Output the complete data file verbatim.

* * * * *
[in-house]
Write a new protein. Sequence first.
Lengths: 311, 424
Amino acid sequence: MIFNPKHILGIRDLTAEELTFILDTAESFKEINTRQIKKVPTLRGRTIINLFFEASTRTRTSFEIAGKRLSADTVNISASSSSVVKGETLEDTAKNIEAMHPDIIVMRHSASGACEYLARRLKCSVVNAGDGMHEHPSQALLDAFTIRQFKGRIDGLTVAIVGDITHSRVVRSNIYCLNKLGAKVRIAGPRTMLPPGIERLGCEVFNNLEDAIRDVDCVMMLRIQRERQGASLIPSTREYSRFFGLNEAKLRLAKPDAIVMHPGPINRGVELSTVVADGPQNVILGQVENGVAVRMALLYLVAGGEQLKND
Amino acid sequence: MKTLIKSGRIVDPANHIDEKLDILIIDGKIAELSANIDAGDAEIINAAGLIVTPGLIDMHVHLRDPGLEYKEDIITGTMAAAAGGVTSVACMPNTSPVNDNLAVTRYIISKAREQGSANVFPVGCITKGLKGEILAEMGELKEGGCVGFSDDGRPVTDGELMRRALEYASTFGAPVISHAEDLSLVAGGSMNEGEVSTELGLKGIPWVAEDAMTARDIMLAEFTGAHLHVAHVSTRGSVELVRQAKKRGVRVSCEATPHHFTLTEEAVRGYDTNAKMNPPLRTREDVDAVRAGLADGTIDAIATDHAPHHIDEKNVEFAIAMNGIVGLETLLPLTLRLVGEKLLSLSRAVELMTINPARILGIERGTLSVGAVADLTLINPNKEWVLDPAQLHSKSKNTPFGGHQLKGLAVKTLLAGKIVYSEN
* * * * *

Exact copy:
[in-house]
Write a new protein. Sequence first.
Lengths: 311, 424
Amino acid sequence: MIFNPKHILGIRDLTAEELTFILDTAESFKEINTRQIKKVPTLRGRTIINLFFEASTRTRTSFEIAGKRLSADTVNISASSSSVVKGETLEDTAKNIEAMHPDIIVMRHSASGACEYLARRLKCSVVNAGDGMHEHPSQALLDAFTIRQFKGRIDGLTVAIVGDITHSRVVRSNIYCLNKLGAKVRIAGPRTMLPPGIERLGCEVFNNLEDAIRDVDCVMMLRIQRERQGASLIPSTREYSRFFGLNEAKLRLAKPDAIVMHPGPINRGVELSTVVADGPQNVILGQVENGVAVRMALLYLVAGGEQLKND
Amino acid sequence: MKTLIKSGRIVDPANHIDEKLDILIIDGKIAELSANIDAGDAEIINAAGLIVTPGLIDMHVHLRDPGLEYKEDIITGTMAAAAGGVTSVACMPNTSPVNDNLAVTRYIISKAREQGSANVFPVGCITKGLKGEILAEMGELKEGGCVGFSDDGRPVTDGELMRRALEYASTFGAPVISHAEDLSLVAGGSMNEGEVSTELGLKGIPWVAEDAMTARDIMLAEFTGAHLHVAHVSTRGSVELVRQAKKRGVRVSCEATPHHFTLTEEAVRGYDTNAKMNPPLRTREDVDAVRAGLADGTIDAIATDHAPHHIDEKNVEFAIAMNGIVGLETLLPLTLRLVGEKLLSLSRAVELMTINPARILGIERGTLSVGAVADLTLINPNKEWVLDPAQLHSKSKNTPFGGHQLKGLAVKTLLAGKIVYSEN